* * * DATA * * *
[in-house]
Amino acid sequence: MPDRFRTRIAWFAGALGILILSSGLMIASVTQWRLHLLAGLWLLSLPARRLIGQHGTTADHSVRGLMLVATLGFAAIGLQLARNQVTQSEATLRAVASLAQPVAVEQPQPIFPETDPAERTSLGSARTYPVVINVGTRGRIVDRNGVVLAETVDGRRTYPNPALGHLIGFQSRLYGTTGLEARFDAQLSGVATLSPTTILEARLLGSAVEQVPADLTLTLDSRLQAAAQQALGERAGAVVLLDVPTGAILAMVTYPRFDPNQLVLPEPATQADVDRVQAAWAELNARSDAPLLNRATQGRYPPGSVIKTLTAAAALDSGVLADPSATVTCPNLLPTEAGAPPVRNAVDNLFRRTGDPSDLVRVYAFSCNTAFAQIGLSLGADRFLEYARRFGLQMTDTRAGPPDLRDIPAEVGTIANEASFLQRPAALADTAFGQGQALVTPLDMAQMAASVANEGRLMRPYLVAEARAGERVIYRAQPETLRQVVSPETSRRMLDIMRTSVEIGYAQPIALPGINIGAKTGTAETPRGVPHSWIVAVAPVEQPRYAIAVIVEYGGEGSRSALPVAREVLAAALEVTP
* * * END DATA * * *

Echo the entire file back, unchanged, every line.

[in-house]
Amino acid sequence: MPDRFRTRIAWFAGALGILILSSGLMIASVTQWRLHLLAGLWLLSLPARRLIGQHGTTADHSVRGLMLVATLGFAAIGLQLARNQVTQSEATLRAVASLAQPVAVEQPQPIFPETDPAERTSLGSARTYPVVINVGTRGRIVDRNGVVLAETVDGRRTYPNPALGHLIGFQSRLYGTTGLEARFDAQLSGVATLSPTTILEARLLGSAVEQVPADLTLTLDSRLQAAAQQALGERAGAVVLLDVPTGAILAMVTYPRFDPNQLVLPEPATQADVDRVQAAWAELNARSDAPLLNRATQGRYPPGSVIKTLTAAAALDSGVLADPSATVTCPNLLPTEAGAPPVRNAVDNLFRRTGDPSDLVRVYAFSCNTAFAQIGLSLGADRFLEYARRFGLQMTDTRAGPPDLRDIPAEVGTIANEASFLQRPAALADTAFGQGQALVTPLDMAQMAASVANEGRLMRPYLVAEARAGERVIYRAQPETLRQVVSPETSRRMLDIMRTSVEIGYAQPIALPGINIGAKTGTAETPRGVPHSWIVAVAPVEQPRYAIAVIVEYGGEGSRSALPVAREVLAAALEVTP